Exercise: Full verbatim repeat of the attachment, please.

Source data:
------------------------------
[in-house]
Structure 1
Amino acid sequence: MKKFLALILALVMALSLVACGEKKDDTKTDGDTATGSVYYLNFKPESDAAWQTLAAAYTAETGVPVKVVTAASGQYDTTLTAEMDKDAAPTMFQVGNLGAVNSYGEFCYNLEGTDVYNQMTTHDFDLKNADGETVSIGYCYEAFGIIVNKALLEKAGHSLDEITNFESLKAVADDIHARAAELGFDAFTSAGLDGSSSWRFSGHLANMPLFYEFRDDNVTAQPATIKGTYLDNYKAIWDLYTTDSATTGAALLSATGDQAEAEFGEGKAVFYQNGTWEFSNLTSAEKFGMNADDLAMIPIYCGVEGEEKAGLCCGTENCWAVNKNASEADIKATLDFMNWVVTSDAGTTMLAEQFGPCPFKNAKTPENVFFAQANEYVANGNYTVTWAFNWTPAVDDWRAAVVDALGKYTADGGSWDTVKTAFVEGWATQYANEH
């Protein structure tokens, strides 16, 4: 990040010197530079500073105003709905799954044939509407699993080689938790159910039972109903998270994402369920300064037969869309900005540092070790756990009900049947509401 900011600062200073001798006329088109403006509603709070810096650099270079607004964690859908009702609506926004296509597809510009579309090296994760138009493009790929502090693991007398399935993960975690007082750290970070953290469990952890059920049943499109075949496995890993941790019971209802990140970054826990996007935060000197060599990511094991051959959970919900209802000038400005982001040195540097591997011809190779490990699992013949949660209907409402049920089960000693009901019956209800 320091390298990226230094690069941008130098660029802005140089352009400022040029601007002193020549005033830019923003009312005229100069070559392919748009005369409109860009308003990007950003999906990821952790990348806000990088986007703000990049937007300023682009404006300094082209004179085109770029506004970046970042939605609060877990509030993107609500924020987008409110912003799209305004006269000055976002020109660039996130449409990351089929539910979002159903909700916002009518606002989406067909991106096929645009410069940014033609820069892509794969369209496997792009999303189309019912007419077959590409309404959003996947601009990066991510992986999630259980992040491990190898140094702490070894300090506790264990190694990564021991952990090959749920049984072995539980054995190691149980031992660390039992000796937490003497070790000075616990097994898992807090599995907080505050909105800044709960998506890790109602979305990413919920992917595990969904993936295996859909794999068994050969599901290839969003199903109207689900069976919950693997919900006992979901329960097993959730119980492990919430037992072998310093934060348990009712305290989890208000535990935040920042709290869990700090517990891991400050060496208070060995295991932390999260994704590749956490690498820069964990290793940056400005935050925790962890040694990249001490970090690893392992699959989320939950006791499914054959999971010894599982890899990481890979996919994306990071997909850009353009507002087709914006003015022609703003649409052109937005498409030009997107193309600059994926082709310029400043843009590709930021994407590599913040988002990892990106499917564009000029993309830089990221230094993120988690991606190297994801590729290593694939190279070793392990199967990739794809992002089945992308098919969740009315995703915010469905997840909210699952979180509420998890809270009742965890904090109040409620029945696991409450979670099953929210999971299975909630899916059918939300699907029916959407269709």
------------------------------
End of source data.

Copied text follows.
[in-house]
Structure 1
Amino acid sequence: MKKFLALILALVMALSLVACGEKKDDTKTDGDTATGSVYYLNFKPESDAAWQTLAAAYTAETGVPVKVVTAASGQYDTTLTAEMDKDAAPTMFQVGNLGAVNSYGEFCYNLEGTDVYNQMTTHDFDLKNADGETVSIGYCYEAFGIIVNKALLEKAGHSLDEITNFESLKAVADDIHARAAELGFDAFTSAGLDGSSSWRFSGHLANMPLFYEFRDDNVTAQPATIKGTYLDNYKAIWDLYTTDSATTGAALLSATGDQAEAEFGEGKAVFYQNGTWEFSNLTSAEKFGMNADDLAMIPIYCGVEGEEKAGLCCGTENCWAVNKNASEADIKATLDFMNWVVTSDAGTTMLAEQFGPCPFKNAKTPENVFFAQANEYVANGNYTVTWAFNWTPAVDDWRAAVVDALGKYTADGGSWDTVKTAFVEGWATQYANEH
């Protein structure tokens, strides 16, 4: 990040010197530079500073105003709905799954044939509407699993080689938790159910039972109903998270994402369920300064037969869309900005540092070790756990009900049947509401 900011600062200073001798006329088109403006509603709070810096650099270079607004964690859908009702609506926004296509597809510009579309090296994760138009493009790929502090693991007398399935993960975690007082750290970070953290469990952890059920049943499109075949496995890993941790019971209802990140970054826990996007935060000197060599990511094991051959959970919900209802000038400005982001040195540097591997011809190779490990699992013949949660209907409402049920089960000693009901019956209800 320091390298990226230094690069941008130098660029802005140089352009400022040029601007002193020549005033830019923003009312005229100069070559392919748009005369409109860009308003990007950003999906990821952790990348806000990088986007703000990049937007300023682009404006300094082209004179085109770029506004970046970042939605609060877990509030993107609500924020987008409110912003799209305004006269000055976002020109660039996130449409990351089929539910979002159903909700916002009518606002989406067909991106096929645009410069940014033609820069892509794969369209496997792009999303189309019912007419077959590409309404959003996947601009990066991510992986999630259980992040491990190898140094702490070894300090506790264990190694990564021991952990090959749920049984072995539980054995190691149980031992660390039992000796937490003497070790000075616990097994898992807090599995907080505050909105800044709960998506890790109602979305990413919920992917595990969904993936295996859909794999068994050969599901290839969003199903109207689900069976919950693997919900006992979901329960097993959730119980492990919430037992072998310093934060348990009712305290989890208000535990935040920042709290869990700090517990891991400050060496208070060995295991932390999260994704590749956490690498820069964990290793940056400005935050925790962890040694990249001490970090690893392992699959989320939950006791499914054959999971010894599982890899990481890979996919994306990071997909850009353009507002087709914006003015022609703003649409052109937005498409030009997107193309600059994926082709310029400043843009590709930021994407590599913040988002990892990106499917564009000029993309830089990221230094993120988690991606190297994801590729290593694939190279070793392990199967990739794809992002089945992308098919969740009315995703915010469905997840909210699952979180509420998890809270009742965890904090109040409620029945696991409450979670099953929210999971299975909630899916059918939300699907029916959407269709």